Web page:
Experiments and field observations indicate that both the gross shaping and the sculpturing of lineation and pit details on wind-eroded surfaces may be accomplished by the impact of particles which have been impelled aerodynamically by interfacial flow or by vorticity. The vorticity operates along lines of positive, negative, and secondary flow over all surfaces of an object.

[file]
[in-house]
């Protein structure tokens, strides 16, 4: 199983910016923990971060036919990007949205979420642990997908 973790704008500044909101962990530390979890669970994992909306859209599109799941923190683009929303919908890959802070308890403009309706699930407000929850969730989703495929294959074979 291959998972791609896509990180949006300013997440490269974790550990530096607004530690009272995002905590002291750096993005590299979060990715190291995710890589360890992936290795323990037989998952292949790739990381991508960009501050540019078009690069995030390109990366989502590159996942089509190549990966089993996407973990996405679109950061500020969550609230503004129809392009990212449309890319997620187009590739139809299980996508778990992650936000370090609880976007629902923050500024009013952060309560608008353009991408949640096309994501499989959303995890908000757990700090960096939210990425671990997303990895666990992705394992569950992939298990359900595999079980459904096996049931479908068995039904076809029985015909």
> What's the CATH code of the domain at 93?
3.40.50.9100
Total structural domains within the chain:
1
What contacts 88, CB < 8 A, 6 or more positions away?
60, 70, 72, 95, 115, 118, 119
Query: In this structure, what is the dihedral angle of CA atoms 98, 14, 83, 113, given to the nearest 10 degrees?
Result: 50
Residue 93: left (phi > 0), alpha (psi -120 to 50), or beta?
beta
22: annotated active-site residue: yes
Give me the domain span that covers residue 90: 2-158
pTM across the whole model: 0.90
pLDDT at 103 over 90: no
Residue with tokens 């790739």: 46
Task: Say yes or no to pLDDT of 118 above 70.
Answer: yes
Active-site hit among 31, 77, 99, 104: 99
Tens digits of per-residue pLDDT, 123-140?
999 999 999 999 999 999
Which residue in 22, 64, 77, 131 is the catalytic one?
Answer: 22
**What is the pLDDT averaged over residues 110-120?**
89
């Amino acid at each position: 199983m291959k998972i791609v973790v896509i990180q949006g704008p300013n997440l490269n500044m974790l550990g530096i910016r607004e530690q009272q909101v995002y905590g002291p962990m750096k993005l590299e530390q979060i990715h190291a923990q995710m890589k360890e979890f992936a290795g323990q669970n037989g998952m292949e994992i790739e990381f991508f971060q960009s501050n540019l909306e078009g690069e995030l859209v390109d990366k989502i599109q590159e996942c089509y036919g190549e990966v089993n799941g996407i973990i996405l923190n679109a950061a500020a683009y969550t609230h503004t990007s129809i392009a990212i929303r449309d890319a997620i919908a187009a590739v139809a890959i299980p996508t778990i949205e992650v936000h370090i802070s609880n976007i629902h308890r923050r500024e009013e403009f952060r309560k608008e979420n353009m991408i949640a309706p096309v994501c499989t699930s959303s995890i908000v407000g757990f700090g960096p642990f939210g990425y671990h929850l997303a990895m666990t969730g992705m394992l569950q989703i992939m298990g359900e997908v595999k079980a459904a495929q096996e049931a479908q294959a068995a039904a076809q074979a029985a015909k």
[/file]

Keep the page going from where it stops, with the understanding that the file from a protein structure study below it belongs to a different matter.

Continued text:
The axis of vorticity is typically normal to or at some high angle to the surface undergoing erosion. Therefore, it is not the so-called roller vortex type which has been postulated by other investigators, for one typical erosion pattern left abundantly by the vortex configuration is a round pit either helically or radically scored. Often such pits occur in chains along the beds of the lineations. A second type of erosion pattern common in channels is parallel transverse lineation, which this writer has seen in development in snow flutes under influence of normal-axis vortices. Such vortices travel singly along lines of flow, pulling particles centripetally into the vortex configurations. In snow flutes, for example, vortices become visible due to suspended snow, and the secondary flow can be delineated. Where general windflow is essentially unidirectional, the erosional result of such vorticity is the creation of cross-lineated, essentially symmetrical grooves.